From post [Solving System of Equations using Gauss Elimination Method (Part 2)], we know the procedures of Gauss Elimination method to solve system of linear equations. But if we write excel VBA program based on those procedures, we may encounter with problems and cannot get the calculation result. You can find more details regarding problems and how to correct them from [Numerical methods in engineering]. We will explain one problem that may occur. It's division by zero.

For example, we want to solve a set of simultaneous equations as follows using Gauss Elimination method.

The first step of Gauss Elimination method is to divide equation (1) with a coefficient of x1 which is 5. This is fine to do that. But imagine if the equation (3) and (1) are swapped as follows, we will encounter with "division by zero" problem.

Actually we will have problem if the value in diagonal term of matrix [A] is zero or has very small value. So we can avoid this problem by swapping equations to get the highest absolute value of coefficient of x in diagonal term.

In the next post, let's have a look the excel program to solve system of equations using Gauss Elimination method.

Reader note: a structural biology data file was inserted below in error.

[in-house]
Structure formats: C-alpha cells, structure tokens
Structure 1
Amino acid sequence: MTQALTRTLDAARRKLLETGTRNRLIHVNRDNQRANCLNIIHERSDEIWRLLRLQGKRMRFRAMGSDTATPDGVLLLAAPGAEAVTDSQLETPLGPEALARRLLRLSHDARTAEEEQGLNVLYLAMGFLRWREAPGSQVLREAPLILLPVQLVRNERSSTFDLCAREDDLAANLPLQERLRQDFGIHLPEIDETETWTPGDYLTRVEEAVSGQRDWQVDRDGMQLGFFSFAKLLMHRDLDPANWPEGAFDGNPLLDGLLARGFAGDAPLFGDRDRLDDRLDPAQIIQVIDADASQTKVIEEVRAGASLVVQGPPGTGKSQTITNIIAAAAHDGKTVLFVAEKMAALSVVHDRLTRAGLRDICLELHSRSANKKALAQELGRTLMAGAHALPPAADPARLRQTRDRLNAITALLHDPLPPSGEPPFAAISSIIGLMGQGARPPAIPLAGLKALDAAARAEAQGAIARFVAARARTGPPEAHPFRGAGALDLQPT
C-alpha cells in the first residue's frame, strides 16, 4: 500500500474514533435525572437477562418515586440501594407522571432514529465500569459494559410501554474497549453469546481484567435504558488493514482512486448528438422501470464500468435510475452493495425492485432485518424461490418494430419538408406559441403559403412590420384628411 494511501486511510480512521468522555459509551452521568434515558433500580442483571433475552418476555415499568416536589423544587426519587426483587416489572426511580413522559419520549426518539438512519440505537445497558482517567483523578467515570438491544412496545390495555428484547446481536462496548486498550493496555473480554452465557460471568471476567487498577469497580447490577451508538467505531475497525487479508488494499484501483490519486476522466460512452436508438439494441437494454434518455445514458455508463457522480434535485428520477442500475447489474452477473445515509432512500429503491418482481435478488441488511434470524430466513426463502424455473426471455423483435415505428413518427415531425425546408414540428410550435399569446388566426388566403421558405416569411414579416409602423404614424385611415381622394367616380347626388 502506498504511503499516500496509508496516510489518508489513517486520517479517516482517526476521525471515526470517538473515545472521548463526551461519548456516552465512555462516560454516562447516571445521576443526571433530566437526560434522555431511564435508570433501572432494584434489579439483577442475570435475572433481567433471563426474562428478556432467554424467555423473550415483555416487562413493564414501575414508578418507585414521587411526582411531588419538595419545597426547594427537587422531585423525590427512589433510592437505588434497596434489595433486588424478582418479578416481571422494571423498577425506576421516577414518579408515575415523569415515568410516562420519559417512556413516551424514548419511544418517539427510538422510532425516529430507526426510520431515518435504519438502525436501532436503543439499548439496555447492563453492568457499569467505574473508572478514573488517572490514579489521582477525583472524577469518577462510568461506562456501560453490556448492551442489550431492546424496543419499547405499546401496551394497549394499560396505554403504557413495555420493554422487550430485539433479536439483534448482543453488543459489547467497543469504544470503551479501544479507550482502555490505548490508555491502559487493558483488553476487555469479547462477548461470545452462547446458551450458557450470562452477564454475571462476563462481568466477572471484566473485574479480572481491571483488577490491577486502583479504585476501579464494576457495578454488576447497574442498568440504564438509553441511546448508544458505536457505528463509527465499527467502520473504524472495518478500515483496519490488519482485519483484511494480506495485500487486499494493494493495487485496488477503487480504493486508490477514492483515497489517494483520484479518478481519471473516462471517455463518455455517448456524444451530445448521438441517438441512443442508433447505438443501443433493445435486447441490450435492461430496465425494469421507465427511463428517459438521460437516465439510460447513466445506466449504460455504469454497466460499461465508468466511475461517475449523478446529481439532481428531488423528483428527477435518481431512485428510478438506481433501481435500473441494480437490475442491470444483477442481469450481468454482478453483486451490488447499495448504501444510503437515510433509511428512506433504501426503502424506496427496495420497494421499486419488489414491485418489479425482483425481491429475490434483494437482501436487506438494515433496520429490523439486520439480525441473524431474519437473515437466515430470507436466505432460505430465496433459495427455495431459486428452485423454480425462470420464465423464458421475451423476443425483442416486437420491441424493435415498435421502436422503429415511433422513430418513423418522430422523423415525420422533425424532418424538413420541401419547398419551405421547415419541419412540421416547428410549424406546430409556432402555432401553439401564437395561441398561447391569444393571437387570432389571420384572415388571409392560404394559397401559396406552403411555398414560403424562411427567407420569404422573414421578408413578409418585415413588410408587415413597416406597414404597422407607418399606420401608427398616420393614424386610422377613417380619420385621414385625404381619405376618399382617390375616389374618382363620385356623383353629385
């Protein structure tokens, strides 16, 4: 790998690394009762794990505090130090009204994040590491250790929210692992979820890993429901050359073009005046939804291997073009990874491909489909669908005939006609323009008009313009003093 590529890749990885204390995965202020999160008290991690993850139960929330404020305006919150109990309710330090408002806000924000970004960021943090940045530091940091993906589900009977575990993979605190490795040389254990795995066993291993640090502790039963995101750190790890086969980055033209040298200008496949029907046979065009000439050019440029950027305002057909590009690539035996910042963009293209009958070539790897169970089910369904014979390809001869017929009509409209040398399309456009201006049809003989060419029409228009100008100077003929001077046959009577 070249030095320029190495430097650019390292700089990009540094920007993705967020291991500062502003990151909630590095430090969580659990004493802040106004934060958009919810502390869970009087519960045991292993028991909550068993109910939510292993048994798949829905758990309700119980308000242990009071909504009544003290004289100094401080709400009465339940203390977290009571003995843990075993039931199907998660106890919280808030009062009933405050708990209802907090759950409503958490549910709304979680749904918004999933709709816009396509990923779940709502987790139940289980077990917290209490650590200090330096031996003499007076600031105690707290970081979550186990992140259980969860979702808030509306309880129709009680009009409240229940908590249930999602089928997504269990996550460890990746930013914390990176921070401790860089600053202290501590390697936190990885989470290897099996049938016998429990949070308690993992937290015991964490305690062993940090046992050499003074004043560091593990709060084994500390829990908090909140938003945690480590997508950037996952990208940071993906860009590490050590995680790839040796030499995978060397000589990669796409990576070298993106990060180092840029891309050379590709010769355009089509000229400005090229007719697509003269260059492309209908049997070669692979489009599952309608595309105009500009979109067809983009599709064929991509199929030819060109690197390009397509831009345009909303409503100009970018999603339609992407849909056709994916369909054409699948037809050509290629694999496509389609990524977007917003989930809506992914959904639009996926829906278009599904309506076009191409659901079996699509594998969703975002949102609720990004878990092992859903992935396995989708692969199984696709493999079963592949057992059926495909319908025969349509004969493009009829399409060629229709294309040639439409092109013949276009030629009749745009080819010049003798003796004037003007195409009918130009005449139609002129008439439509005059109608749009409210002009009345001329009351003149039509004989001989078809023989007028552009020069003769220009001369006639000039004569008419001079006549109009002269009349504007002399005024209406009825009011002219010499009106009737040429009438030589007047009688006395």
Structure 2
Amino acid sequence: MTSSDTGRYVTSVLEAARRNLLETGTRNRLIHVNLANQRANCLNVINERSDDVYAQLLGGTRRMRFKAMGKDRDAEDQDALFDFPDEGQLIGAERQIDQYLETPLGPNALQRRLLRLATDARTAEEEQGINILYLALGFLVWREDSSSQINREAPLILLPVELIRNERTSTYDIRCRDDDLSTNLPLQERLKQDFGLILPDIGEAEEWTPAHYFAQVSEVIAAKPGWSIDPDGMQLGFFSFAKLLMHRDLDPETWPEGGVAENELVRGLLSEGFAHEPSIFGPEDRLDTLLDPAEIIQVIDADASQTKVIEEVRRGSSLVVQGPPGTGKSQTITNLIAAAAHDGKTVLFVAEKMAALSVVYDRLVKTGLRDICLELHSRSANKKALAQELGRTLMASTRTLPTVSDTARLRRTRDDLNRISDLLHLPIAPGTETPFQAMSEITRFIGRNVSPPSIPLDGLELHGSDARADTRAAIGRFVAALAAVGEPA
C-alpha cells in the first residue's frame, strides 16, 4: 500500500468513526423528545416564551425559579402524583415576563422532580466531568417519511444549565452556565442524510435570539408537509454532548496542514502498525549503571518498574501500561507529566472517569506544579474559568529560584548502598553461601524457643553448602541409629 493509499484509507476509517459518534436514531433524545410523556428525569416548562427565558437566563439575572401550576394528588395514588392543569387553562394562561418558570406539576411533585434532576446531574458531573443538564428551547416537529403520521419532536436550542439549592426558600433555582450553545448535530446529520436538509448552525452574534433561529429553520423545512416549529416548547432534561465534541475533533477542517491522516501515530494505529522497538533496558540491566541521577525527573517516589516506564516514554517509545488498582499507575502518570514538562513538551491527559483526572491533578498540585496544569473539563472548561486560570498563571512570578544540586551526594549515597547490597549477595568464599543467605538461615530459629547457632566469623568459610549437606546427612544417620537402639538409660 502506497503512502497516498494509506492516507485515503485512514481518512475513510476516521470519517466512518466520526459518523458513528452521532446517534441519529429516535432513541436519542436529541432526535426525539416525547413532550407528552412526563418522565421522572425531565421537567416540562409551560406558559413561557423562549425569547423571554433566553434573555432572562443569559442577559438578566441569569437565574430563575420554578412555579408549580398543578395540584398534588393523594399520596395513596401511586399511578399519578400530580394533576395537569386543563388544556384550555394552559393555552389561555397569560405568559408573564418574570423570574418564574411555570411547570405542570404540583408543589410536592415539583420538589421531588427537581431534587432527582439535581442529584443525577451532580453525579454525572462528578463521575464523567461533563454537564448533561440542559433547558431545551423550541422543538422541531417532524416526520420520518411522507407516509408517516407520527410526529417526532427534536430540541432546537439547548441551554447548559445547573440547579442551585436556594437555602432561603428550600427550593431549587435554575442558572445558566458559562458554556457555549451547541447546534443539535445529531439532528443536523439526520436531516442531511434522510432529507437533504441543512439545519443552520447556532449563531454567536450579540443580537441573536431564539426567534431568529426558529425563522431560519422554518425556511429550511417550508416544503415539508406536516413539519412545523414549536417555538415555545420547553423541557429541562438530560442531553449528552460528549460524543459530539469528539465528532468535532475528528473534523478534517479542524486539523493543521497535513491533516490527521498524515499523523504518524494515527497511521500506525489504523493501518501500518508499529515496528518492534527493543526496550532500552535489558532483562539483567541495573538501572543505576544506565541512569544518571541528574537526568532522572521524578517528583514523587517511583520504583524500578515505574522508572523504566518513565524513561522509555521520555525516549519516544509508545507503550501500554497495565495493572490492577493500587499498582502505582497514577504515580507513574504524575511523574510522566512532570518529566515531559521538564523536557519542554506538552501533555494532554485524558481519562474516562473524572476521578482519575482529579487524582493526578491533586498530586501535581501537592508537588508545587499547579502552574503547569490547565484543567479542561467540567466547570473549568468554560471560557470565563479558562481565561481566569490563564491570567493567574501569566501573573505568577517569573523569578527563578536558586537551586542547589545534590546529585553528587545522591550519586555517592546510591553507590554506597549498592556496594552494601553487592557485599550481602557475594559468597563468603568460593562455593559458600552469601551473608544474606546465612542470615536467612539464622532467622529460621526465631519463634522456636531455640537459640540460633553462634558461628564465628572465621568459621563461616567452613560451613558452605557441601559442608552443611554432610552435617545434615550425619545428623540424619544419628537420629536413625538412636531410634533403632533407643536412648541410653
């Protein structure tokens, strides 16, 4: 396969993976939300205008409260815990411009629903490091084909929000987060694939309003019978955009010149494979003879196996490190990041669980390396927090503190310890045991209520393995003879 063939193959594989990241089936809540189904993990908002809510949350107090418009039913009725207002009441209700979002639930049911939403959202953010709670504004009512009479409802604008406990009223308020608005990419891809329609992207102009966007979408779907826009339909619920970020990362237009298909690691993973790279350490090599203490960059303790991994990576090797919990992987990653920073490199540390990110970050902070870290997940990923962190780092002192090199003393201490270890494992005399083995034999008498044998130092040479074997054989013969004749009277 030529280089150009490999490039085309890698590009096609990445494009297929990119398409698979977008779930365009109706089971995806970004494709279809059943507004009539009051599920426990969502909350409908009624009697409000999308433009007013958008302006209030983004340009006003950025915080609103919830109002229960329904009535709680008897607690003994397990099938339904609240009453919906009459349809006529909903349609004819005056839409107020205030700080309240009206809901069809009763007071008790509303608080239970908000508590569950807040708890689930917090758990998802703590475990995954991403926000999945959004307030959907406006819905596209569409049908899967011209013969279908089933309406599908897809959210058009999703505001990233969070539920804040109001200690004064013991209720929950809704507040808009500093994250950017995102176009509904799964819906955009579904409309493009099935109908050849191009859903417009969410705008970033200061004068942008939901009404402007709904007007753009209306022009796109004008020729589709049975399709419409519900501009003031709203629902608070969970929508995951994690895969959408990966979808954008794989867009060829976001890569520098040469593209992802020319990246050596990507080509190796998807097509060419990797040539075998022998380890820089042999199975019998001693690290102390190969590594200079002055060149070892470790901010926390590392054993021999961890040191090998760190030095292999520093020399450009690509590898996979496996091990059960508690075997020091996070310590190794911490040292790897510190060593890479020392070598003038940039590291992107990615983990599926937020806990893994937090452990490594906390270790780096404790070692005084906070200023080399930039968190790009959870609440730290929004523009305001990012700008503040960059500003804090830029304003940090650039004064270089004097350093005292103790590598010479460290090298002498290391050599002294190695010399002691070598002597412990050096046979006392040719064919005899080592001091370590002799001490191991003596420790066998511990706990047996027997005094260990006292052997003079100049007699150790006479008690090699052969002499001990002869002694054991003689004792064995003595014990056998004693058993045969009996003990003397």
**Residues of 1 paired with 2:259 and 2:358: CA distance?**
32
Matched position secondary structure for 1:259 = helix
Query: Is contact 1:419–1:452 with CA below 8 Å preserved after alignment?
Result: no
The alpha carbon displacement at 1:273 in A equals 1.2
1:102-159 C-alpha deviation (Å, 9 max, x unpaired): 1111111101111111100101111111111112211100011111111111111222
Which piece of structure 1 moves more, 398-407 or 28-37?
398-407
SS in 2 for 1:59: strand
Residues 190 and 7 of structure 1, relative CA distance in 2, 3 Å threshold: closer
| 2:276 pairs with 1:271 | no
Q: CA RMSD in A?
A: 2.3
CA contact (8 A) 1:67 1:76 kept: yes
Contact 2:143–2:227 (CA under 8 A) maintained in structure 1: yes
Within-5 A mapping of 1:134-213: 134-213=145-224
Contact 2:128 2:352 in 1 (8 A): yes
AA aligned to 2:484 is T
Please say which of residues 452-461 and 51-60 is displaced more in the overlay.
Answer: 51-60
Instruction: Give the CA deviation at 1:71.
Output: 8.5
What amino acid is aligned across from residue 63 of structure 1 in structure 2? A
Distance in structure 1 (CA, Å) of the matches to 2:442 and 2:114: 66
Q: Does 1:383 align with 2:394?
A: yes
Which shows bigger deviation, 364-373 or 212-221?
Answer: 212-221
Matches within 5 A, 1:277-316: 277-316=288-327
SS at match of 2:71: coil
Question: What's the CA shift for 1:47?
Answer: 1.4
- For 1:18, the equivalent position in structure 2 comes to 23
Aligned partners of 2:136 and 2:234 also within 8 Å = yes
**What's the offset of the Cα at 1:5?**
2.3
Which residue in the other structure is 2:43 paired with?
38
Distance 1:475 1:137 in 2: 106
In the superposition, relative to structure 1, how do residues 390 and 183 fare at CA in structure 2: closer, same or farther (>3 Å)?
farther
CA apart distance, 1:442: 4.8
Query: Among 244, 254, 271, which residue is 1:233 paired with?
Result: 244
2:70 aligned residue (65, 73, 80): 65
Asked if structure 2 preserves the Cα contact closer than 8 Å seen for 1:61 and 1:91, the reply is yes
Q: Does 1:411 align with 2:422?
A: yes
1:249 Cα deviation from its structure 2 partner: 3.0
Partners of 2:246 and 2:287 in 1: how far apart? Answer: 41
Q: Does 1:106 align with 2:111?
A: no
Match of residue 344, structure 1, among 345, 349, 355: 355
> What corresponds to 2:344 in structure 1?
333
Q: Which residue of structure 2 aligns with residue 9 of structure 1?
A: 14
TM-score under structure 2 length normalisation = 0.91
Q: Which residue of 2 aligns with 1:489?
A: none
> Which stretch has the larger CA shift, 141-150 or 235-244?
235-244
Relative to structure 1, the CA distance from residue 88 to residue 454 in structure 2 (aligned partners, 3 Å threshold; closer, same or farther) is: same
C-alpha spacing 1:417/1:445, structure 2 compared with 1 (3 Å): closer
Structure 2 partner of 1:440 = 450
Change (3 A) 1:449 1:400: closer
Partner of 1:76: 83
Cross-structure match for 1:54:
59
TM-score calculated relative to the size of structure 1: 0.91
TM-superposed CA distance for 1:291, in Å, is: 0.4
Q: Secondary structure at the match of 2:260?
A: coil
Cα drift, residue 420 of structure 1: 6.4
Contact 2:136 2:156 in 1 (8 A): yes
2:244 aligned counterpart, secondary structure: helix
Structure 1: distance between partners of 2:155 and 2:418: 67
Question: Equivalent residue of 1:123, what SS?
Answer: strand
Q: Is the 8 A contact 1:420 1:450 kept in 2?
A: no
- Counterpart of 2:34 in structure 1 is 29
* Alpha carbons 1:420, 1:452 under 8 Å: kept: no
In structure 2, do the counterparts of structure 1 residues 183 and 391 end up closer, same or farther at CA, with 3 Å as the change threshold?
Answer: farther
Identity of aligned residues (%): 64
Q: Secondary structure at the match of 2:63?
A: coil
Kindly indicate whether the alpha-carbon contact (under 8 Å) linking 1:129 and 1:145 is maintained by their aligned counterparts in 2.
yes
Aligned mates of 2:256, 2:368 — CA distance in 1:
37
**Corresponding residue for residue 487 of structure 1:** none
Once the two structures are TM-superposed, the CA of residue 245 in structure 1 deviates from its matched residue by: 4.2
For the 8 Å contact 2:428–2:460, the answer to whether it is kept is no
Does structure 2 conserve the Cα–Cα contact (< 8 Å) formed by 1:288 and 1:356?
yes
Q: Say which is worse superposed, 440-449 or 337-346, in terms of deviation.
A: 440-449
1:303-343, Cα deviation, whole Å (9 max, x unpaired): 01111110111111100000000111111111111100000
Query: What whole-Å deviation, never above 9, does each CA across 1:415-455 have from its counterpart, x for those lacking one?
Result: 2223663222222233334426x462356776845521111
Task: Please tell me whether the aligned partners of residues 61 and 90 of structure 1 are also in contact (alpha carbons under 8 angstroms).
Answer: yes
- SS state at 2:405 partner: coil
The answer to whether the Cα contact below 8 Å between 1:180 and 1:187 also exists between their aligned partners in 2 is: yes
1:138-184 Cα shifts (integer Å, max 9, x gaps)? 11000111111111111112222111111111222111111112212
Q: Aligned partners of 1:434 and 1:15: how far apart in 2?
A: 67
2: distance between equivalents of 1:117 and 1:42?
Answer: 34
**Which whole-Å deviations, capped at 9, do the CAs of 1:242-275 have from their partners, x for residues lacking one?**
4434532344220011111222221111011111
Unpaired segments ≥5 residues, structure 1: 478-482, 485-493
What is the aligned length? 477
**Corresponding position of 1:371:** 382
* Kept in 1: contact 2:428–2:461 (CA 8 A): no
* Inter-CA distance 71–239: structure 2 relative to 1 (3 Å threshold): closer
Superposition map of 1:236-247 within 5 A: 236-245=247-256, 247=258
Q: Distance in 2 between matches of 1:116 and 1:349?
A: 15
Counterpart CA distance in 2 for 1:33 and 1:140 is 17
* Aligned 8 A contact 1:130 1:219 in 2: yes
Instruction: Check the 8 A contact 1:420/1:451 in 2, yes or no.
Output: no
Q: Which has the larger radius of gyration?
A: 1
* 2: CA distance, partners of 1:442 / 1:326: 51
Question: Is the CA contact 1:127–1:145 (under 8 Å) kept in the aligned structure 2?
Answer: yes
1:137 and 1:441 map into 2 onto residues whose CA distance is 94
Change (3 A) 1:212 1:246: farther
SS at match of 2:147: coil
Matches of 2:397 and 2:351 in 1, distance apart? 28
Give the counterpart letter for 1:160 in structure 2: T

Saturday, February 19, 2011

Solving System of Equations using Gauss Elimination Method (Part 2)

The the previous post [Solving System of Equations using Gauss Elimination Method (Part 1)], the basic information regarding Gauss Elimination Method has been shared. In this post, we will have at more details about Gauss Elimination method.

Why called "elimination"?

The general form of system of equations is like this.

The Gauss Elimination method starts from forward elimination by dividing equation (1) with coefficient of x1. Equation (1) now becomes:

Multiply equation (1) with coefficient of x1 from equation (2) then we get:

Then we subtract equation (2) with equation (1). Equation (2) becomes:

Or we can write it as

Repeat the same procedures for the remaining equations and we get the system of equations as follows:

We can see that the first term in equation (2) to (n) are eliminated for this round of calculation. For the next round, we will repeat the same procedure, only we change the coefficient to equation (2) i.e. dividing equation (2) with a'22 and multiplying it with a'32 ... As soon as we do the forward elimination until round (n-1) we will get the system of linear equations that is ready for backward substitution as follows.

Where: the superscript ', ", ... (n-1) means number of round of forward elimination
We can find from the above system of equations that, first, we can compute the value of xn from equation (n) from:

Then we can calculate for xn-1, xn-2, ..., x2, x1 by backward substitution using the following equation.

The excel program we developed to solve system of equations using Gauss Elimination method is based on the above equations with some improvements. We will discuss later in the next post about the limitation of Gauss Elimination method with improvement method.

Further reading: